Published in 1946, Y Goeden Eirin was hailed as a masterly collection by one of the most accomplished exponents of the short story in the Welsh language. This new translation - The Plum Tree - makes the writing of John Gwilym Jones available to English-speaking readers for the first time.
Intensely interested in how literature works, Jones produced engaging and accessible stories which bear comparison to Joyce and other modernists.
The author's preoccupations include religious dogma, family life, friendship, and the duality which he saw as the defining characteristic of human behaviour. In a revealing Afterword, Gwyn Thomas pays tribute to his friend Jones's 'inveterate curiosity'.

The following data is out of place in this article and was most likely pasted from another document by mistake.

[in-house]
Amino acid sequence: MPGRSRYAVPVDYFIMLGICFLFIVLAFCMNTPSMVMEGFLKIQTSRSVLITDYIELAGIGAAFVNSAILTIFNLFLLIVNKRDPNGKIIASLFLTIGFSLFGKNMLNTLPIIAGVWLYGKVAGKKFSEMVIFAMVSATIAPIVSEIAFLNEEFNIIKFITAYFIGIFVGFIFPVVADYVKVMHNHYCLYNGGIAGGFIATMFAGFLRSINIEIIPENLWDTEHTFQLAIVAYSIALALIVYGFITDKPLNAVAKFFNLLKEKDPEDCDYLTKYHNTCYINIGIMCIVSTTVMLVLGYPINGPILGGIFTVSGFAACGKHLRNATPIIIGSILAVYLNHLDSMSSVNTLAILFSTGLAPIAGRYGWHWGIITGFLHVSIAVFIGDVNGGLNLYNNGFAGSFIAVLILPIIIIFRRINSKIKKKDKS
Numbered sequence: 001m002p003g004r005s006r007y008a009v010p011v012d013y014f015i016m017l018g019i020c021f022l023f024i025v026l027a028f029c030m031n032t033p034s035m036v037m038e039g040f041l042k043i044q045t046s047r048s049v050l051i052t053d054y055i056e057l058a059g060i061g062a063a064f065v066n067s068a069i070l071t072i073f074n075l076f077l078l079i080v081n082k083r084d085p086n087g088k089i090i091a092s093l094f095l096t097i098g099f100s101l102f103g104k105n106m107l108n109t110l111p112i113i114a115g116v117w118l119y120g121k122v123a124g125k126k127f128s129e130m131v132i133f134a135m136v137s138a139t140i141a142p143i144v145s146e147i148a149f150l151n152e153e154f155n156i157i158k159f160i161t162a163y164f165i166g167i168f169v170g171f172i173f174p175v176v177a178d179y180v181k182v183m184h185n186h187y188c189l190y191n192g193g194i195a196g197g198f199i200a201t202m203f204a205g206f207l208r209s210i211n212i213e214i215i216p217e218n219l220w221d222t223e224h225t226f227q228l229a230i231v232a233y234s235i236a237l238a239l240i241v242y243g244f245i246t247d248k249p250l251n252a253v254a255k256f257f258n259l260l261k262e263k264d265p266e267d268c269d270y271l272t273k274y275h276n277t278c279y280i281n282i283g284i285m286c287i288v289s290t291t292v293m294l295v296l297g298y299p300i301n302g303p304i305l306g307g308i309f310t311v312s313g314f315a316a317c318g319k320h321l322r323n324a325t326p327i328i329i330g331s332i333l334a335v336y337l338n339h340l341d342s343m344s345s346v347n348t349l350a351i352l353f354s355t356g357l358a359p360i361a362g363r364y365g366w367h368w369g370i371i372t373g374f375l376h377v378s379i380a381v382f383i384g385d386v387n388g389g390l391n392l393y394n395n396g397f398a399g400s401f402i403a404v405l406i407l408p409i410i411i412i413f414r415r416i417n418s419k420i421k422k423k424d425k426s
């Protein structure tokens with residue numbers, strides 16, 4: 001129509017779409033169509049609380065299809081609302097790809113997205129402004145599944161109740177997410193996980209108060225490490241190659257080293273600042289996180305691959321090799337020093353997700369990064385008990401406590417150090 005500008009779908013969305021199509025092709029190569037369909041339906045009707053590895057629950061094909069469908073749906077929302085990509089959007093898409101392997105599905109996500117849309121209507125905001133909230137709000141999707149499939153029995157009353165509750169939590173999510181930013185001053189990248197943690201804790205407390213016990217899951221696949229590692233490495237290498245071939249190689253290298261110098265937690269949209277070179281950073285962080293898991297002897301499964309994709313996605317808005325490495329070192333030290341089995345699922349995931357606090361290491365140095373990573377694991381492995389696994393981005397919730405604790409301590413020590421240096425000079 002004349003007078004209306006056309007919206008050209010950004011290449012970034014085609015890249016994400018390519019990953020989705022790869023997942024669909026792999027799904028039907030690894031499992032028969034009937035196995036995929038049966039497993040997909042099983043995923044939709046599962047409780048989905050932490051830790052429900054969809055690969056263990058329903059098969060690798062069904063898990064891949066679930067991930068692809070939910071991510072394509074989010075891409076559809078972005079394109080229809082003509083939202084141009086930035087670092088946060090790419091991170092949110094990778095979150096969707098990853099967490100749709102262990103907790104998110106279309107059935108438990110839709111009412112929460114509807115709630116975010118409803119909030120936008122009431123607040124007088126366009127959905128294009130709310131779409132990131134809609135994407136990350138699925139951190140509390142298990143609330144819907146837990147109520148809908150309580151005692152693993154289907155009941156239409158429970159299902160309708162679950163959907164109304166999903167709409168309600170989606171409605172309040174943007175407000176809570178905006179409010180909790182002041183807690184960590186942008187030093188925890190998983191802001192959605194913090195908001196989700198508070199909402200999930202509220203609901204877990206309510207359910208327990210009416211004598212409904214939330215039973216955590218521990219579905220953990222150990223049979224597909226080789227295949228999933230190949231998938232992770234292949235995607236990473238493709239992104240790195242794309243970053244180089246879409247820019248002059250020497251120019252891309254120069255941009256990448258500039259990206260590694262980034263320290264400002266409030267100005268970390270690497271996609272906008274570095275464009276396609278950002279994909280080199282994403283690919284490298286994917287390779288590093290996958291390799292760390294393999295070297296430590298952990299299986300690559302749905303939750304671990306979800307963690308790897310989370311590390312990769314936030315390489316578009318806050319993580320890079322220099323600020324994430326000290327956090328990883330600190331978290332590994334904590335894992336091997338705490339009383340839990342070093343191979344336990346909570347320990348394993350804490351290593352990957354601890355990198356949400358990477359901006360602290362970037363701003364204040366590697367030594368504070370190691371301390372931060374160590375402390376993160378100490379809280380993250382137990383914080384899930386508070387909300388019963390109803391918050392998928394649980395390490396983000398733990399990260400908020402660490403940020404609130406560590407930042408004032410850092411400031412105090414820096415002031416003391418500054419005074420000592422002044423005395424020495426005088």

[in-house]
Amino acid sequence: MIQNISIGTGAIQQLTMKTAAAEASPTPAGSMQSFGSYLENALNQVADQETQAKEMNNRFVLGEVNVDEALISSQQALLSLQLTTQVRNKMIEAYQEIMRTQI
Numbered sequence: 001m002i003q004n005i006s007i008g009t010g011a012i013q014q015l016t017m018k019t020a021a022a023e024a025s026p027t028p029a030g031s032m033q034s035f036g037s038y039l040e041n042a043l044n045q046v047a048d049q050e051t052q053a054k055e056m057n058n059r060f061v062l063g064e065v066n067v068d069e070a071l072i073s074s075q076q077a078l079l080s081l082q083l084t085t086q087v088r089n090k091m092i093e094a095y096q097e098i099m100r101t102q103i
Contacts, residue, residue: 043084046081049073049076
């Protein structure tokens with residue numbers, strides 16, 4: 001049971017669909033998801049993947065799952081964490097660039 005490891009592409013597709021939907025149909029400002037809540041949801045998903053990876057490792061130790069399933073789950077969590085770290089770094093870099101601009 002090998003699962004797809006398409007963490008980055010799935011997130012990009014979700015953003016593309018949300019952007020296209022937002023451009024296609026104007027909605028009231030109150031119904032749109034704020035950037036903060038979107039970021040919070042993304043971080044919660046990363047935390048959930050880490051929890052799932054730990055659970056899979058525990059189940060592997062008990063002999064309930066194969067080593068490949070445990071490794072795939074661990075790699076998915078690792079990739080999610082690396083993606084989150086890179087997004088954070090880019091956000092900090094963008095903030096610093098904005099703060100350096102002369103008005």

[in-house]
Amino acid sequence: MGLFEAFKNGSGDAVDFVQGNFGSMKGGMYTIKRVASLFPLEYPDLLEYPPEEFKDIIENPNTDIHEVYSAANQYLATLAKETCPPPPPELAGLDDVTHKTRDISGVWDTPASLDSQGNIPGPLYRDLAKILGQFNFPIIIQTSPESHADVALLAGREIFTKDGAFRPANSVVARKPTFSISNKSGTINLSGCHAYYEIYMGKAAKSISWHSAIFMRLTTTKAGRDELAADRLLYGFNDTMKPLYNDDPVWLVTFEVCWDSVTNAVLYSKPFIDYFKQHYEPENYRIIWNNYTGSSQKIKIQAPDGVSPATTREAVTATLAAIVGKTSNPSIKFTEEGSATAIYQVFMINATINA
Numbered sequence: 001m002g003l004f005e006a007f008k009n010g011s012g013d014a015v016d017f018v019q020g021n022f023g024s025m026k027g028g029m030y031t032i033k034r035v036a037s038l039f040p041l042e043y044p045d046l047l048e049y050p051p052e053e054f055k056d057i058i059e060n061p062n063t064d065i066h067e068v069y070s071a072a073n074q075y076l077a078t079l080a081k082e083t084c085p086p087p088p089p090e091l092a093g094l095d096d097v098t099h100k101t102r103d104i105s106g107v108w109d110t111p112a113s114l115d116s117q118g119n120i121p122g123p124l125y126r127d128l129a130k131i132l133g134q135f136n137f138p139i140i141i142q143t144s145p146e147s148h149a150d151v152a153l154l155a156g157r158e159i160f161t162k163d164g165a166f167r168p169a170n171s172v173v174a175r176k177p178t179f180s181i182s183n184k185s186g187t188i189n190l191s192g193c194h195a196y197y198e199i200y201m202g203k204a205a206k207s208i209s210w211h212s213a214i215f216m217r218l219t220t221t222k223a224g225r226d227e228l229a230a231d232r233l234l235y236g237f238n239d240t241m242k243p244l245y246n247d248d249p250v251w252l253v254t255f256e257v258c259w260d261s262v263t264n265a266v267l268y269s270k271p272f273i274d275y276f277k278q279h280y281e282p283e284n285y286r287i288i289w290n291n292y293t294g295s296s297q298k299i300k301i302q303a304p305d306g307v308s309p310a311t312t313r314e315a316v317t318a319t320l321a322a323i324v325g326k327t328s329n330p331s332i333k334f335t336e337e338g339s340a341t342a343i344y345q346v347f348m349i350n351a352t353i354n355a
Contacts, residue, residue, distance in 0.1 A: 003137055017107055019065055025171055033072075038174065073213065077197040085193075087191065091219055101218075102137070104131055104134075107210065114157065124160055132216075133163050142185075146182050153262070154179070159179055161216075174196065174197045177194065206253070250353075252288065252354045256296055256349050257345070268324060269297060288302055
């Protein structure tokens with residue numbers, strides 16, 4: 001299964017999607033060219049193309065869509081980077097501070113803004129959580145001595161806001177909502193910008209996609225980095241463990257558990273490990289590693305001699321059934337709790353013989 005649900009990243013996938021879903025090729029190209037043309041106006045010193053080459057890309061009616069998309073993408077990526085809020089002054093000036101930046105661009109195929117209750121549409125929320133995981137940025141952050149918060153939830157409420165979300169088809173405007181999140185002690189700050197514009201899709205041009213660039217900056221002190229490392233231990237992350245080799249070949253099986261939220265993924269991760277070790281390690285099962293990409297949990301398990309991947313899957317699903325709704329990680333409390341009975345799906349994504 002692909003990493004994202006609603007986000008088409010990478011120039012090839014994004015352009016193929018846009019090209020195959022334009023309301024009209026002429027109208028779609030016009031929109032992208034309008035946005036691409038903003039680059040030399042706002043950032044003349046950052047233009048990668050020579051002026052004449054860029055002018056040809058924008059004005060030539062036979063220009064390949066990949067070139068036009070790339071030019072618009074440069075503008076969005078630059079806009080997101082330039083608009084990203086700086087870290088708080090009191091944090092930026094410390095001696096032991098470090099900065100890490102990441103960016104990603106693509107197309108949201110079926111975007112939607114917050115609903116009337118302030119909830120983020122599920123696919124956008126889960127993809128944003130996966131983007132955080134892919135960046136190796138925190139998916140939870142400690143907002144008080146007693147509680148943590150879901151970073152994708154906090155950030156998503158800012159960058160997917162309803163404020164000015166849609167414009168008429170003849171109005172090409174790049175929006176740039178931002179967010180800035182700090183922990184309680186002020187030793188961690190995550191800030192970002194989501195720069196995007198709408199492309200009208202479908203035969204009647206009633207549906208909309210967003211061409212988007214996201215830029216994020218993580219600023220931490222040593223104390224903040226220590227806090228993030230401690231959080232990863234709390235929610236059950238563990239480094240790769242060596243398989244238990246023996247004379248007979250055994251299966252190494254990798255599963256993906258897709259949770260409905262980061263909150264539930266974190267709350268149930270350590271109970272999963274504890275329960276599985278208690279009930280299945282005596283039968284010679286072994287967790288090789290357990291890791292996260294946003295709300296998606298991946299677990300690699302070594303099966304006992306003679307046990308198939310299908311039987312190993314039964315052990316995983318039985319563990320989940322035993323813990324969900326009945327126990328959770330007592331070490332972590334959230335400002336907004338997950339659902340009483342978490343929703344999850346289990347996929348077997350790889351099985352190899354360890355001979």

The Plum Tree is an invaluable introduction to this most literary of Welsh authors, a man whose life and work, says Thomas, 'convinced him that the most elemental thing in our sojourn in this world is the relationship between people'.
John Gwilym Jones (1914 - 1988) was born in Groeslon and studied at the University of Bangor before moving to London, where he developed an intense interest in the theatre. On his return to Wales he taught in Llandudno and Pwllheli before becoming a producer of radio plays at the BBC in Bangor. He subsequently accepted a post as Lecturer in Welsh at his old university, and was later appointed to a Readership, a post from which he retired in 1971. He published many plays, several works of criticism and two novels, as well as the short fiction represented in The Plum Tree.
Translated by Meic Stephens.